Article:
Note that of the two PGA molecules produced for each carbon dioxide molecule fixed, only one of these will contain the new carbon atom (the other carbon atoms came from previous rounds of the cycle). The second stage is to convert this fixed carbon into useful organic molecules - the lipids, carbohydrates, nucleic acids and amino acids. These organic building blocks are based on hydrocarbon skeletons (hydrocarbons are molecules of carbon and hydrogen only), with various functional groups (chemical groups containing more reactive elements such as O, S, P, N and halogens) added. Thus, adding carbon will not give us organic molecules - we need hydrogen too. Addition of hydrogen is also defined as reduction (since hydrogen tends to donate electrons, so reduction is also addition of hydrogen; in like manner oxidation is also defined as addition of oxygen, since oxygen tends to remove electrons). This is where the electron/hydrogen carrier NADP comes in. The light-dependent reactions used light energy to reduce NADP to NADPH (in addition to using some of the light energy to make ATP). This NADPH (also written NADPH2) carries the hydrogen to the PGA, which is itself energized by phosphorylation by ATP to diphosphoglycerate which reacts with the NADPH, picking up the hydrogen to form glutaraldehyde phosphate (GALP).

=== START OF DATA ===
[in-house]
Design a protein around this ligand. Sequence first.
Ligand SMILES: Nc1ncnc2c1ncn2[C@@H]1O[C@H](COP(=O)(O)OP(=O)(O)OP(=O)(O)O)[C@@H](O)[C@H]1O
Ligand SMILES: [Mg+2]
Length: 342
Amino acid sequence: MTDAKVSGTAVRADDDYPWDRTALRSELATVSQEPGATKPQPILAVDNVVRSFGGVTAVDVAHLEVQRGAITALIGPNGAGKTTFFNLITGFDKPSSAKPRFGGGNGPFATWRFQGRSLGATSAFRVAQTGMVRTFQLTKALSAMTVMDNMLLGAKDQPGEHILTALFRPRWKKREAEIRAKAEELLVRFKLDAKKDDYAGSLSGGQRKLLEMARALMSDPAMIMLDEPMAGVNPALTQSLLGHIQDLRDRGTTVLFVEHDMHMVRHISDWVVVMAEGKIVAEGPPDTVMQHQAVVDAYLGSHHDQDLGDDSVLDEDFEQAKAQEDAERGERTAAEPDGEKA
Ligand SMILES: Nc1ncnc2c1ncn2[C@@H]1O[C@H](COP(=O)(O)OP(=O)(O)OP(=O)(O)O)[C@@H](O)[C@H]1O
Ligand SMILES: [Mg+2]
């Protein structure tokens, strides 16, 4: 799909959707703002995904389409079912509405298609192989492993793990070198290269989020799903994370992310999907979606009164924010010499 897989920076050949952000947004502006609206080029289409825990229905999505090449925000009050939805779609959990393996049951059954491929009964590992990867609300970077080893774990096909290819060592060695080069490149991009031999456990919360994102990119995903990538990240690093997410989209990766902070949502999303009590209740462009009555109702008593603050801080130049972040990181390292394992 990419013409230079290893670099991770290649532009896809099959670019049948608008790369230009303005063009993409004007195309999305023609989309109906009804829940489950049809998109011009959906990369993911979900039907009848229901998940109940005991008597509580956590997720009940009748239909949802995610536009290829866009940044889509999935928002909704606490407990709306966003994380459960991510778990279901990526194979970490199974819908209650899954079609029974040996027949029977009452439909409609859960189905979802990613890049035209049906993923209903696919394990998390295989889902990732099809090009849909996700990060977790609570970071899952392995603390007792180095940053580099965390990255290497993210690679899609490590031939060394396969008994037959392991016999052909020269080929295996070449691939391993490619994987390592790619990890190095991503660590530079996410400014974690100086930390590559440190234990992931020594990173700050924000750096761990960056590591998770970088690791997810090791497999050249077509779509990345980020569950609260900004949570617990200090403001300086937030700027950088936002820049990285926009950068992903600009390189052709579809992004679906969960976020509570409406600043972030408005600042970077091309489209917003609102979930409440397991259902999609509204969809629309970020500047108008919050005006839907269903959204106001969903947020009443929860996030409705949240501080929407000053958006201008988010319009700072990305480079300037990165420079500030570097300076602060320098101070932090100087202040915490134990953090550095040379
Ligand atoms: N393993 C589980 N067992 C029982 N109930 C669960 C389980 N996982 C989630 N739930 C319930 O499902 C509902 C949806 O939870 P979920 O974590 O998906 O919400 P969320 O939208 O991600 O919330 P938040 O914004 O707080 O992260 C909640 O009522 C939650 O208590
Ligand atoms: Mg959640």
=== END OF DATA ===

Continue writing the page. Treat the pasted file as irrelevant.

Some of this GALP is used to regenerate ribulose phosphate to complete the cycle. Some is siphoned off from the cycle and drawn into other complex biosynthetic pathways where it is converted ultimately into sugars (which maybe stored as starch) amino acids and other organic building blocks as needed.

The light-independent reactions are sometimes called 'dark reactions' though this terminology was disfavoured, since it implies the requirement for darkness. In fact plants that use the cycles we have described (C3 plants since PGA, the product of carbon-fixation is a 3 carbon compound) fix 99% of their carbon during the daytime.

C4 and CAM Pathways